Davis Mayor Joe Krovoza likes to talk about “fiscally sustainable systems” on the campaign trail. As a political catch phrase, it’s not exactly “yes we can.”
But at a time when the state is beginning to turn the corner economically, and the temptation is to spend more rather than plan for the future, we appreciate the wonkish Krovoza’s focus on the long-term health of the budget, education and the environment, particularly water.
We find him to be the best among a field of strong candidates for the 4th District seat in the California Assembly and we are pleased to recommend him to Solano County voters.
Krovoza helped lead Davis through difficult economic times, during which declining revenues forced a 23 percent reduction in the city workforce. He was resolute in trimming the city’s Fire Department staffing levels while actually improving service and response times. He also led a consolidation of upper fire management with the University of California, Davis, which had been talked about since the 1990s. These efforts both put residents first, saving Davis residents hundreds of thousands of dollars.
We need that kind of thinking in Sacramento.
Krovoza’s 17 years as a staff member at UC Davis – where he’s the senior director for development and external relations for the Institute of Transportation Studies and the Energy Efficiency Center – give him a firm grasp of both campus and community needs. He’s knowledgeable about clean transportation and energy efficiency but, better yet, he’s connected to experts who know even more.
His personal interests also are rooted in the environment. He studied natural resources and environmental law, with a focus on water law in particular. While representing the Putah Creek Council, he was the lead negotiator in the historic Putah Creek Accord, which brought seasonal flows back to the creek to sustain fish life. A founder of the advocacy group Davis Bicycles, he restructured AYSO schedules to make it easier for families to bike to soccer games.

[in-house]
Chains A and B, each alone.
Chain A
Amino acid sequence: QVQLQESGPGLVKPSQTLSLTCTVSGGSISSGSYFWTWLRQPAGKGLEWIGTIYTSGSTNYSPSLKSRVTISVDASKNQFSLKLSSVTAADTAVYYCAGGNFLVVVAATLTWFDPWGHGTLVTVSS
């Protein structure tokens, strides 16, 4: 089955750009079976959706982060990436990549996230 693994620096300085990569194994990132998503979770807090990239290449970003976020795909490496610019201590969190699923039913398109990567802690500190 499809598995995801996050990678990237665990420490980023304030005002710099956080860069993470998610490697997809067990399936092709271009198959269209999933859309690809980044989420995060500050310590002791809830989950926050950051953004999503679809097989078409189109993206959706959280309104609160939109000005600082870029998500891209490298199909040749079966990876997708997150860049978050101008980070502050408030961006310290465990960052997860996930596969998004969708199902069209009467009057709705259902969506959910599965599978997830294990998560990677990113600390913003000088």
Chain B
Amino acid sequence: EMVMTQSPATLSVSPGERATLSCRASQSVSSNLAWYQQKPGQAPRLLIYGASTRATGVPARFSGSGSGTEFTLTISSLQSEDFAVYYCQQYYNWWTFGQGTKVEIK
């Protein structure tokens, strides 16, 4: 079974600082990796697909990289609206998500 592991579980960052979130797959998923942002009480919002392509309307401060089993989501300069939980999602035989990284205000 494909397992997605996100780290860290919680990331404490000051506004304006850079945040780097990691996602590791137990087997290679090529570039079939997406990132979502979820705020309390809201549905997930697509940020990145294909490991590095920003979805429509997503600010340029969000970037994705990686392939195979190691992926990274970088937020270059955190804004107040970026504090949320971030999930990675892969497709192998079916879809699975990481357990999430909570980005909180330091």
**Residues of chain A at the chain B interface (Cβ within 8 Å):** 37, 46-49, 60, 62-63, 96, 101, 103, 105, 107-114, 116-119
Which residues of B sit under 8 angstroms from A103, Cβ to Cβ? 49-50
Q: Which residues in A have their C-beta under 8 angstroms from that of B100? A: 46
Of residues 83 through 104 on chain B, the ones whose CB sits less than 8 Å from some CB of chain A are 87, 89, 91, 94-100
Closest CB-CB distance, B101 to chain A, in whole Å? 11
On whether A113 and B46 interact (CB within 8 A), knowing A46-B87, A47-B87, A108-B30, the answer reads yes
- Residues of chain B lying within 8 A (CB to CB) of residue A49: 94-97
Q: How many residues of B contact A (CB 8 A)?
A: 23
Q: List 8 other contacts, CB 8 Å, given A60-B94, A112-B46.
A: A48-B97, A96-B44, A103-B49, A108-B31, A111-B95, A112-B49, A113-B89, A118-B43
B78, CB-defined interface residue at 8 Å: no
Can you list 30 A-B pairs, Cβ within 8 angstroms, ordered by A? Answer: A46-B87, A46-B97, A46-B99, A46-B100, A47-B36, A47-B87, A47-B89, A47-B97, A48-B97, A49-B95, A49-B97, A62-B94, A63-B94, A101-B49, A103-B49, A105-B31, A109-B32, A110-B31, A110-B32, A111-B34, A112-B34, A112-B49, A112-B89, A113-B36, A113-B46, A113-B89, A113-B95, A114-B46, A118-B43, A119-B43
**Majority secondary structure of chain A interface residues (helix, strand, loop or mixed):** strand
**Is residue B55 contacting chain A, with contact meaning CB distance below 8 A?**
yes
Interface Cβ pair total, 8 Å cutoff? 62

It will be no easy task for Krovoza to win a place on the fall ballot by finishing in the top two in the open June 3 primary. Napa County Supervisor Bill Dodd has staggering fundraising support in wine country and pro-business backing. Solano County Counsel’s Office attorney Dan Wolk brings name recognition to some parts of the district and is the chosen candidate not just of the state party but of labor groups that are pouring money into the race.
Retired Marine Corps officer Charlie Schaupp, meanwhile, likely will collect the votes of the Republican Party faithful – a significant percentage with so many candidates in the field.
While it’s an oversimplification to say that Dodd is pro-business and Wolk pro-labor, we believe Krovoza strikes something of a happy medium – more fiscally prudent but with stances on many issues, be they social or environmental, that reflect much of the district.
More than that, he brings a base of knowledge about key issues to not just be another “yes” vote. He’ll be a contributor of ideas that could help shape the state’s future. The immense courage he showed in tackling the tough issues in Davis will serve him well as he wrangles with the challenges that affect all of California.
Krovoza says he wants to cap his career in volunteerism and public service in the Assembly. To that we say: Yes, he should.